I want to be overrated.

This thought comes out of a weekend post on social media, in which a writer asked what books of the last thirty years other people had found to be the most overrated.  It’s a fair question, and I think there’s a paradox here:

The bigger the book in terms of sales, the more overrated it will necessarily be.

For two reasons.  First, the more people have read book X, the more people will have been disappointed with book X.

Second, a book becomes a real juggernaut (Twilight, Harry Potter, Game of Thrones) not by the awesomeness of its writing, but for other reasons that are more complex and harder to predict.  Timing, zeitgeist, luck, Hollywood support, other factors.  Books do not become disproportionate, higher order of magnitude bestsellers because their authors are disproportionately, higher order of magnitude better writers.  Stephen King and J.K. Rowling have both tried to disprove this basic fact by writing under pseudonyms, and both had to face the hard truth that talent does not equal book sales.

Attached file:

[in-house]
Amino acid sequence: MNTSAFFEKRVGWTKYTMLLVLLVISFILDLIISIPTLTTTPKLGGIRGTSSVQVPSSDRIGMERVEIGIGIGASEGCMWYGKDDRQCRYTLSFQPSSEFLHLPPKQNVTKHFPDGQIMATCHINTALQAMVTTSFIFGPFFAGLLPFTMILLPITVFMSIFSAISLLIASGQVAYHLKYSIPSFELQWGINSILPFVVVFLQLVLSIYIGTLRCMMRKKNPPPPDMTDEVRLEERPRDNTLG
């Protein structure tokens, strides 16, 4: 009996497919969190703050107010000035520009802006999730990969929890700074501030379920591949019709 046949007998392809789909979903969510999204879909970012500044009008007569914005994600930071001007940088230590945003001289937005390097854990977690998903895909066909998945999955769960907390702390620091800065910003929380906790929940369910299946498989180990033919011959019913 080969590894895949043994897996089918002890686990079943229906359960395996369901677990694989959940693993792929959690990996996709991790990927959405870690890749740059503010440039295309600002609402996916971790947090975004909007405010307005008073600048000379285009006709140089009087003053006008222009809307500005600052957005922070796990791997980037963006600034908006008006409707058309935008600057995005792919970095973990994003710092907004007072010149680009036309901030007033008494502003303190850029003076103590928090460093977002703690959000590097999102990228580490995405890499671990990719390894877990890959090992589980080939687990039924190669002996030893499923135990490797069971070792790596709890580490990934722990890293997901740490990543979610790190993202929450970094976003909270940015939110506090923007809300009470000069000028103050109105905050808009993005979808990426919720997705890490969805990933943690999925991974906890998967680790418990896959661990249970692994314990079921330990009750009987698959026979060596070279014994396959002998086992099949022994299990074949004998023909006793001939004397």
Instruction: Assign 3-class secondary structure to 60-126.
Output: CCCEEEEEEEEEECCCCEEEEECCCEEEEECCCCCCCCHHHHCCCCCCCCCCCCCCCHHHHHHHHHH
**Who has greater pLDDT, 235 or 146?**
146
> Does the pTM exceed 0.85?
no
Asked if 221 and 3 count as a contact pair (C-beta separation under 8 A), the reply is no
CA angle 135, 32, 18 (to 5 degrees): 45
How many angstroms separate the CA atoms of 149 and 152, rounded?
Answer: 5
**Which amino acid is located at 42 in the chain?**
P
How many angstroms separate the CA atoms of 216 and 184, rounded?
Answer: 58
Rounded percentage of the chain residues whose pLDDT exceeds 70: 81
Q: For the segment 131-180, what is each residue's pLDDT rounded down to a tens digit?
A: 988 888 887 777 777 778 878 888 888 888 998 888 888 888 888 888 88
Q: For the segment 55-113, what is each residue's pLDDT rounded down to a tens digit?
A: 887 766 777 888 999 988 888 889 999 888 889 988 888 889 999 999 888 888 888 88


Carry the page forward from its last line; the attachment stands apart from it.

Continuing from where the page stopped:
So by definition, books that have disproportionate, higher order of magnitude sales are overrated.  They didn’t get those sales because of sheer awesomeness — something else happened.  Timing, zeitgeist, luck, other factors.  The biggest books will always be overrated.

I want to be overrated.

About David

I'm a writer. This is my blog.
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